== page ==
The Miao Chronicle’s Unofficial Vegan Month of Food

I am going to try to post about food EVERY SINGLE DAY this month, so be warned. With the post-scheduling function I can be enjoying my vacation in Fox Town goofing around with my brother and his foxkittens while my blog does all the hard work.

Here is what to expect:
– My favorite recipes, complete with bad photos
– My favorite cookbooks, modeled by Miaos
– Some odd questions people have asked me about being vegan
– Discussion of my experience as a vegan in China
– My favorite food products, including chocolate and coffee and tea!
– A furry Miao in every post!

I thought about including guide to vegan-friendly restaurants in Miao Town, but since it would have all of three entries, it is not likely worth the effort. Five years ago, it would have had one entry. Ten years ago, none. I suppose this constitutes progress.

And here to fulfill my promise to include a furry Miao in every post, I present a Kingly Banquet for all to enjoy.

A vegetarian feast! circa 1996, China
A King's Feast
The brownish stuff in the dish is a tofu (or maybe wheat gluten?) product that we called mock chicken. It is similar to the canned mock duck available in most Asian groceries but seasoned differently. I have not had it since I was 12.

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11 Responses to The Miao Chronicle’s Unofficial Vegan Month of Food

  1. It’s not a real vegan feast! You have a furry in that pot! 😀

    Seriously, I think the mock chicken is made from gluten. It’s more dense in texture than tofu. I saw a store in Portland (Oregon) that sold nothing but mock meats—mock duck, mock chicken, etc. I tried the mock barbecued pork (char siu) but I didn’t like it that much. The store was enormously popular among vegans, however. I think half of Portland is vegan or practices some sort of meatless/no red meat diet.

    • littlemiao says:

      You’re probably right. I can’t remember what it was called in China. It was drumstick-shaped with darker “bones” in the center. It was sold bulk in the indoor market.

      Alas, I have never had a chance to tour Portland’s legendary vegan restaurants. I have heard that it is rarely sunny there, but at least I would be spared the -20 degree windchills. Here in Miao Town, I count a restaurant as vegan-friendly if it has more to offer than wilted iceberg lettuce.

  2. Oldcat says:

    I suppose to remain Vegan you need to consider cat hair a plant product….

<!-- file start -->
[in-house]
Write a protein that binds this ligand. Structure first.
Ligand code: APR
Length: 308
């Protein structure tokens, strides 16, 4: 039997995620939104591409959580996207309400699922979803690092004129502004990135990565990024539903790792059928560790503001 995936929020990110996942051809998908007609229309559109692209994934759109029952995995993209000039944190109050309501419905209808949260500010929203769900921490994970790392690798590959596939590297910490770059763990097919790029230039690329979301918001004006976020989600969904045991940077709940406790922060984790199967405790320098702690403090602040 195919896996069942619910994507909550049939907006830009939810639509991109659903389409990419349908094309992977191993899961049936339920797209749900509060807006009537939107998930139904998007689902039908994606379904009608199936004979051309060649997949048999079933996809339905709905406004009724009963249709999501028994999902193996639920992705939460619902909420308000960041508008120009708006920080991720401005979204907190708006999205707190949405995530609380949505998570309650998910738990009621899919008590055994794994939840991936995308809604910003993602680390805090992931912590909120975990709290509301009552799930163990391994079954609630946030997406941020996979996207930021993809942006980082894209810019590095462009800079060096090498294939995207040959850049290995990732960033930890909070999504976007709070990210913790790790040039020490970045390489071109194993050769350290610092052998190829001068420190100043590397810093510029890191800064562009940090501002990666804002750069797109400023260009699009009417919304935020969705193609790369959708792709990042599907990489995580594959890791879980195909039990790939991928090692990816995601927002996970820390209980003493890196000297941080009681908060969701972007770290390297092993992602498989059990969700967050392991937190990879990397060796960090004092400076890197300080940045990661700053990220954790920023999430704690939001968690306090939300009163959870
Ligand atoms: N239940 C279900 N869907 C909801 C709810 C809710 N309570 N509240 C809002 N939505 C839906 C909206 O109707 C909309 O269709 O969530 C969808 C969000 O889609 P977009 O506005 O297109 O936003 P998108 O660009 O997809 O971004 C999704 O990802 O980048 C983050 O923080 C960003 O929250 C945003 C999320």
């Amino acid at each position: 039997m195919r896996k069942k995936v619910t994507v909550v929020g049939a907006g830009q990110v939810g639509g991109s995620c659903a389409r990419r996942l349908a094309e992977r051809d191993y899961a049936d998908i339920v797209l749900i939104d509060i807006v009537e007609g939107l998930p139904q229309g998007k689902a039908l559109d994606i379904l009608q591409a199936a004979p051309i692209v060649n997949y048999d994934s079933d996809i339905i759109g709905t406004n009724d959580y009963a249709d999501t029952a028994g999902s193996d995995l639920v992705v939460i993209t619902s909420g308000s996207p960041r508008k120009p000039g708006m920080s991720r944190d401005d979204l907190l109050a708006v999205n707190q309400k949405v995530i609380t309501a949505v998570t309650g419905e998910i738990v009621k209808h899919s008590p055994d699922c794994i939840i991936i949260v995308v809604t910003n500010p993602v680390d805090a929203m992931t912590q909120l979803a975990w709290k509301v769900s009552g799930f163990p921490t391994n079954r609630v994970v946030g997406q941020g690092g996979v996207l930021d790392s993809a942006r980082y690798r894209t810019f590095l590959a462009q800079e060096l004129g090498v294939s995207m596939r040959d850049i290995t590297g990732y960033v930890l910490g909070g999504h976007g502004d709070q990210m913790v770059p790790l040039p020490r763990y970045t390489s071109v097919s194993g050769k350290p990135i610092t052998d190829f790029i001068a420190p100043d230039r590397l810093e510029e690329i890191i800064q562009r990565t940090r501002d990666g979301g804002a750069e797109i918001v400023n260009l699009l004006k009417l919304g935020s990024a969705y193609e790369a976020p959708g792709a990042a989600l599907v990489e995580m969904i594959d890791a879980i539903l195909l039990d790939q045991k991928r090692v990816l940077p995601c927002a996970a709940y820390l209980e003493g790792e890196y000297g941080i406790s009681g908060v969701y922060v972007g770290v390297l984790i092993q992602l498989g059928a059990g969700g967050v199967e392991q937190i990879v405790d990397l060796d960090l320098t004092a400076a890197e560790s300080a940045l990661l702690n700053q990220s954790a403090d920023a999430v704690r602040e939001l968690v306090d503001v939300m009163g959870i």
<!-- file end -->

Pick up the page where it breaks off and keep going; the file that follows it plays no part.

3. Lauri says:

    Lol…oh boy, this will be fun! 🙂

  4. Laurie says:

    How do you schedule posts? That sounds like a cool trick…
    All hail King Ping! I like seeing his royal floofage.

    • littlemiao says:

      here’s how: in the compose window, there is a “publish” box on the upper right hand corner. see “Publish immediately”? That’s the default. Click “edit” and you can change the date and time. I have used this often in order to provide the world with a steady supply of miao floof.

  5. Laurie says:

    Thanks for the tip!

  6. This should be fun! I bet you’ll be having even more fun on your trip 😀
    A vegan meal in every home and a kitteh in every pot!

  7. Lurkertype says:

    I’m glad to see this photo of The Young King reappear! When we lost VOX, I lost all the links to my favorite Ping pictures.

    Since cat shedding is beneficial to the kitties, and unstoppable, I don’t think it counts as animal exploitation. Once it’s off the cat, I think it becomes… I don’t know. Mineral. Fiber.

    • Oldcat says:

      I’m not up on vegan theory, but the distinction between shed fir and a laid egg or extracted milk seems vague – an unmilked cow is in more distress than a uncombed cat. I personally would clear the cat hair as accidental unless it was part of the recipe!

      Of course that leads to the image of a pound of beef ‘falling’ into your vegan stew by accident…I think Abe Lincoln told a story about a teetotaller who hinted about whiskey being added to his lemonade ‘unbenowst to him’ as a guide to his generals to let the leadiing Confederate politicians flee the country unofficially at the end of the war to let things cool down.

Miao & Purr!

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